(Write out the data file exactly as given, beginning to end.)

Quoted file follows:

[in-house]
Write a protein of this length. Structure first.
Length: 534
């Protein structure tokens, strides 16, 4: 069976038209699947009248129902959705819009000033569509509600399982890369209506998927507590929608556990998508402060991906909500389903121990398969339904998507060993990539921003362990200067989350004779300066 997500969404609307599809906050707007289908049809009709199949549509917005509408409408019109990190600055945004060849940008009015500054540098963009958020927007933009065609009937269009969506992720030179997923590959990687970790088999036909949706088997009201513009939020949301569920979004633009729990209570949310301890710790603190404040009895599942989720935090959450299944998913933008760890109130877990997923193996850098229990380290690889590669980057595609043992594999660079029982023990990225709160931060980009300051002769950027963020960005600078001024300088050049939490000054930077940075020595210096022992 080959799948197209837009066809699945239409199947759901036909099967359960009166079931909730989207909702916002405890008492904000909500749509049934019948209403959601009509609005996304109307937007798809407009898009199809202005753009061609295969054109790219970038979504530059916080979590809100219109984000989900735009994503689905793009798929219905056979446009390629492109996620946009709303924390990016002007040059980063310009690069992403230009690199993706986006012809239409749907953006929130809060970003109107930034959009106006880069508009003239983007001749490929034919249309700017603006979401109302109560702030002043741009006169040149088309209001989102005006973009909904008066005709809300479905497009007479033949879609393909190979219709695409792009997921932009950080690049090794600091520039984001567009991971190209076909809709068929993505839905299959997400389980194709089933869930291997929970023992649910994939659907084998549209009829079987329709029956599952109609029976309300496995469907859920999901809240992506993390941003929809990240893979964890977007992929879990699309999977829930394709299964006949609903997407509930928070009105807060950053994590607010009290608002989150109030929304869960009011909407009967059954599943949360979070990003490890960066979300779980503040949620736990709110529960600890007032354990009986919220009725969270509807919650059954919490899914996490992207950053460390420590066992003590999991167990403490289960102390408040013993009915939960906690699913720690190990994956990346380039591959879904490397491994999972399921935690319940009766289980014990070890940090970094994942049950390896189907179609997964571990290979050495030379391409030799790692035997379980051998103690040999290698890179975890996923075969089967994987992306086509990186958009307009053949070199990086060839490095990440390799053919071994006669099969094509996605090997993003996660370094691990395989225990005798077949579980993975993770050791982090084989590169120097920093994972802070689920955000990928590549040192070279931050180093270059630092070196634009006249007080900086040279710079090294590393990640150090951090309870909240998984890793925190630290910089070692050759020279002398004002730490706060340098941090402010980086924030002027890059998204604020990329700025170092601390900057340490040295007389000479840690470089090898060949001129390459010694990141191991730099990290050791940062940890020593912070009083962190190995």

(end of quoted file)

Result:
[in-house]
Write a protein of this length. Structure first.
Length: 534
């Protein structure tokens, strides 16, 4: 069976038209699947009248129902959705819009000033569509509600399982890369209506998927507590929608556990998508402060991906909500389903121990398969339904998507060993990539921003362990200067989350004779300066 997500969404609307599809906050707007289908049809009709199949549509917005509408409408019109990190600055945004060849940008009015500054540098963009958020927007933009065609009937269009969506992720030179997923590959990687970790088999036909949706088997009201513009939020949301569920979004633009729990209570949310301890710790603190404040009895599942989720935090959450299944998913933008760890109130877990997923193996850098229990380290690889590669980057595609043992594999660079029982023990990225709160931060980009300051002769950027963020960005600078001024300088050049939490000054930077940075020595210096022992 080959799948197209837009066809699945239409199947759901036909099967359960009166079931909730989207909702916002405890008492904000909500749509049934019948209403959601009509609005996304109307937007798809407009898009199809202005753009061609295969054109790219970038979504530059916080979590809100219109984000989900735009994503689905793009798929219905056979446009390629492109996620946009709303924390990016002007040059980063310009690069992403230009690199993706986006012809239409749907953006929130809060970003109107930034959009106006880069508009003239983007001749490929034919249309700017603006979401109302109560702030002043741009006169040149088309209001989102005006973009909904008066005709809300479905497009007479033949879609393909190979219709695409792009997921932009950080690049090794600091520039984001567009991971190209076909809709068929993505839905299959997400389980194709089933869930291997929970023992649910994939659907084998549209009829079987329709029956599952109609029976309300496995469907859920999901809240992506993390941003929809990240893979964890977007992929879990699309999977829930394709299964006949609903997407509930928070009105807060950053994590607010009290608002989150109030929304869960009011909407009967059954599943949360979070990003490890960066979300779980503040949620736990709110529960600890007032354990009986919220009725969270509807919650059954919490899914996490992207950053460390420590066992003590999991167990403490289960102390408040013993009915939960906690699913720690190990994956990346380039591959879904490397491994999972399921935690319940009766289980014990070890940090970094994942049950390896189907179609997964571990290979050495030379391409030799790692035997379980051998103690040999290698890179975890996923075969089967994987992306086509990186958009307009053949070199990086060839490095990440390799053919071994006669099969094509996605090997993003996660370094691990395989225990005798077949579980993975993770050791982090084989590169120097920093994972802070689920955000990928590549040192070279931050180093270059630092070196634009006249007080900086040279710079090294590393990640150090951090309870909240998984890793925190630290910089070692050759020279002398004002730490706060340098941090402010980086924030002027890059998204604020990329700025170092601390900057340490040295007389000479840690470089090898060949001129390459010694990141191991730099990290050791940062940890020593912070009083962190190995």